Skip to content
    Font Size
    A
    A
    A

    Porphyria

    Porphyria is a group of disorders that can cause nerve or skin problems.

    A porphyria that affects the skin is called cutaneous porphyria. A porphyria that affects the nervous system is called acute porphyria.

    The most common type of porphyria is porphyria cutanea tarda (PCT), which affects the skin. PCT is also the most treatable.

    No known cure exists for any type of porphyria.

    Symptoms of Acute Porphyria

    The symptoms of acute porphyria can develop quickly and last for days or weeks. A salt imbalance sometimes accompanies an episode of this type of porphyria. The imbalance can contribute to some of these symptoms:

    Long-term complications in some patients have included:

    Symptoms of Cutaneous Porphyria

    Symptoms of cutaneous porphyria occur when the skin is exposed to sunlight. The most commonly affected areas include the back of the:

    • Hands
    • Forearms
    • Face
    • Ears
    • Neck

    The symptoms include:

    • Blisters
    • Itching
    • Swelling of the skin
    • Pain
    • Increased hair growth
    • Darkening and thickening of the skin

    Causes of Porphyria

    Each type of porphyria has the same root cause -- a problem in the production of heme. Heme is a component of hemoglobin. That's a protein in red blood cells that carries oxygen from the lungs to the rest of the body.

    Heme contains iron and gives blood its red color. The production of heme takes place in the liver and bone marrow and involves many different enzymes. A shortage of any of those enzymes can create an excess buildup of certain chemical compounds involved in producing heme. The specific type of porphyria is determined by which enzyme is lacking.

    Most types of porphyria are inherited. About half of them occur when one altered gene is passed from just one parent. The risk of developing a porphyria or passing it to your children depends on the specific type.

    Porphyria cutanea tarda, on the other hand, is often an acquired disease. Although the enzyme deficiency that causes PCT can be inherited, most people who inherit it never develop symptoms. Instead, the disease becomes active when the deficiency is triggered by certain conditions or lifestyle choices. These include:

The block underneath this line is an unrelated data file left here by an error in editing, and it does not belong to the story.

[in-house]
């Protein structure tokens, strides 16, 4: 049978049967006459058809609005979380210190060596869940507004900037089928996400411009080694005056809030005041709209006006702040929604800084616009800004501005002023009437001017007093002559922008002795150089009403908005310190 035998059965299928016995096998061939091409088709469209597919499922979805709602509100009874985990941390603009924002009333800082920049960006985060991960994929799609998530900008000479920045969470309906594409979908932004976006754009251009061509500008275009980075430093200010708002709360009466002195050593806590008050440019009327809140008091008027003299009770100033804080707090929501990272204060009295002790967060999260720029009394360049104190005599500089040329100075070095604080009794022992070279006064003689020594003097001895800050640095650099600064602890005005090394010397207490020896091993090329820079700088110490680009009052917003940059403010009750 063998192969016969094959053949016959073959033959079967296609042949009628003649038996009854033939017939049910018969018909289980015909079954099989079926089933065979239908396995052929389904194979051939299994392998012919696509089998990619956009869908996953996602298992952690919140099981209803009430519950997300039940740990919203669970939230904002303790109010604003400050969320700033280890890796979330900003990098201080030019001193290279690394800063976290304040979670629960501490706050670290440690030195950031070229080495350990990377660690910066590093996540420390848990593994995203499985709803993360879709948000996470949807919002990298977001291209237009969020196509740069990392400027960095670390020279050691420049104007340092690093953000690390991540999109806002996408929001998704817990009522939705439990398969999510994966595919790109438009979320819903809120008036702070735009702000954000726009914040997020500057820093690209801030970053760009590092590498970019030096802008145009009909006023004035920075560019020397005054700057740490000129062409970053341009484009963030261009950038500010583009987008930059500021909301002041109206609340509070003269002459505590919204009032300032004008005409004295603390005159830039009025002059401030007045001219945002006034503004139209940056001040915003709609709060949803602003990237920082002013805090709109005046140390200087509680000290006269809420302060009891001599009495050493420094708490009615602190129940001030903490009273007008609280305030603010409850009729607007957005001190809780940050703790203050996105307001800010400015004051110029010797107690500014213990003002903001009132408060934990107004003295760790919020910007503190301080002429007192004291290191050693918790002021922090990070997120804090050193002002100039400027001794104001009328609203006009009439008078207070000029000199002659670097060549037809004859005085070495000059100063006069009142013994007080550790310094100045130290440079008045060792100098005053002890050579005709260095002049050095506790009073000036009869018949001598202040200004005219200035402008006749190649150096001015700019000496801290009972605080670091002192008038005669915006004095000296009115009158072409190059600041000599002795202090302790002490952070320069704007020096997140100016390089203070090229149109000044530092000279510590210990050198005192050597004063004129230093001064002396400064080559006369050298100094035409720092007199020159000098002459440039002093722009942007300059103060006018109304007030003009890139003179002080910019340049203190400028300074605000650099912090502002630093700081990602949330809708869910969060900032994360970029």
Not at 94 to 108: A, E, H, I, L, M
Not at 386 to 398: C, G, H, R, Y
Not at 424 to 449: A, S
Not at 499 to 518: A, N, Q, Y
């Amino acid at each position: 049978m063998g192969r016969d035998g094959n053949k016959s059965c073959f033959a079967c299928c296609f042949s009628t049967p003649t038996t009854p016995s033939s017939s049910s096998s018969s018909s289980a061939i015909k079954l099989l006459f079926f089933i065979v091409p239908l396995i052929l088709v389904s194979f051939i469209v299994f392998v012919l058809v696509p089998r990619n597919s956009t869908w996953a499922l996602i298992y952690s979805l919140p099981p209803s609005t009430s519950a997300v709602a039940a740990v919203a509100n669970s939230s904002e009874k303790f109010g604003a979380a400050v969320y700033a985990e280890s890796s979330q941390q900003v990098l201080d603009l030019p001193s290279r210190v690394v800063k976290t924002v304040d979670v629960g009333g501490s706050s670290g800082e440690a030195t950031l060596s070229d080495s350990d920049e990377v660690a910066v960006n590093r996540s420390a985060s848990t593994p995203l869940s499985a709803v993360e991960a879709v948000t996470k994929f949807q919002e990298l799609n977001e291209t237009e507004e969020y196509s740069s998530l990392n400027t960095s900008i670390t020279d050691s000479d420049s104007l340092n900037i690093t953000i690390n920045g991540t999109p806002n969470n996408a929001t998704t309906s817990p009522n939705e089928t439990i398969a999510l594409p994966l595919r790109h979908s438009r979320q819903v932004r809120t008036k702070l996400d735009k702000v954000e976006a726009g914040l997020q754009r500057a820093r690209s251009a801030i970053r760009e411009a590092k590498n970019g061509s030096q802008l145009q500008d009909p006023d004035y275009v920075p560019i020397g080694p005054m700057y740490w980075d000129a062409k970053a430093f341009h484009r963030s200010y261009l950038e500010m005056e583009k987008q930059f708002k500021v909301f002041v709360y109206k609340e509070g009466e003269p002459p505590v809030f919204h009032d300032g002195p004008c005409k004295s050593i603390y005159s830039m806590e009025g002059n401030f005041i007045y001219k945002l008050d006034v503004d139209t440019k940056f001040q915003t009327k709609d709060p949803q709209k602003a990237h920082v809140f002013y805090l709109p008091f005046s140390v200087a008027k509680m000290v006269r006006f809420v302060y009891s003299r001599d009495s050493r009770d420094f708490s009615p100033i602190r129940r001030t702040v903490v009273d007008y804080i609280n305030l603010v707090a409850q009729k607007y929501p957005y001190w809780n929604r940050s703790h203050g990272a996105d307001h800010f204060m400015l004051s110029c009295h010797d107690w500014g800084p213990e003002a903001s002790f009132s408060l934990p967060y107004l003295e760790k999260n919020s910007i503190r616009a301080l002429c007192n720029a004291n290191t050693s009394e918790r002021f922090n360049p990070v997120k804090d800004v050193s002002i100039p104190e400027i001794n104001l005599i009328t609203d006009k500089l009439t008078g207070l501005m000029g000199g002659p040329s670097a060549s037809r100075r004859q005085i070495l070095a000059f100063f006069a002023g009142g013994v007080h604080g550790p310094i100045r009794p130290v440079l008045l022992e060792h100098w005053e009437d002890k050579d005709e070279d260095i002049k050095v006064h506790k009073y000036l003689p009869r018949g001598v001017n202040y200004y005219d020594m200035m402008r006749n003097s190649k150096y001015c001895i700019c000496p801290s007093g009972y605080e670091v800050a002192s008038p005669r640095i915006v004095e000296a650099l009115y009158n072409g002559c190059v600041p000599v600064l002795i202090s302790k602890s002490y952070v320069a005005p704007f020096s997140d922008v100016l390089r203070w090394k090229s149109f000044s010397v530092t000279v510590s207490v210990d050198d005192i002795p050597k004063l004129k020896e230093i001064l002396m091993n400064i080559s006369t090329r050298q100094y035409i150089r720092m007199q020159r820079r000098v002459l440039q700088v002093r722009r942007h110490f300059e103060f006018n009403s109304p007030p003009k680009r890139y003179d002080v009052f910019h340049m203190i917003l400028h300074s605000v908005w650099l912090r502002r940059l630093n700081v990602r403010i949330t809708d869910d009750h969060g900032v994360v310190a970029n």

Episodes of acute porphyria, which very rarely occur before puberty, can be triggered by some drugs. These include:

    Other potential triggers include:

    • Fasting
    • Smoking
    • Drinking alcohol
    • Infections
    • Menstrual hormones
    • Stress
    • Sun exposure

    Hot Topics

    WebMD Video: Now Playing

    Click here to wach video: Dirty Truth About Hand Washing

    Which sex is the worst about washing up? Why is it so important? We’ve got the dirty truth on how and when to wash your hands.

    Click here to watch video: Dirty Truth About Hand Washing

    Popular Slideshows & Tools on WebMD

    disciplining a boy
    Types, symptoms, causes.
    fruit drinks
    Eat these to think better.
    embarrassed woman
    Do you feel guilty after eating?
    diabetes supply kit
    Pack and prepare.
    handful of vegetables and vitamins
    Diet tips and mistakes.
    birth control pills
    Which kind is right for you?
    Remember your finger
    Are you getting more forgetful?
    sticky notes on face
    10 tips to clear your brain fog.
    Close up of eye
    12 reasons you're distracted.
    Trainer demonstrating exercise for RA
    Exercises for your joints.
    apple slices with peanut butter
    What goes best with workouts?
    woman having a good day
    Revitalize your life.

    Pollen counts, treatment tips, and more.

    It's nothing to sneeze at.

    Loading ...

    Sending your email...

    This feature is temporarily unavailable. Please try again later.

    Thanks!

    Now check your email account on your mobile phone to download your new app.

    Women's Health Newsletter

    Find out what women really need.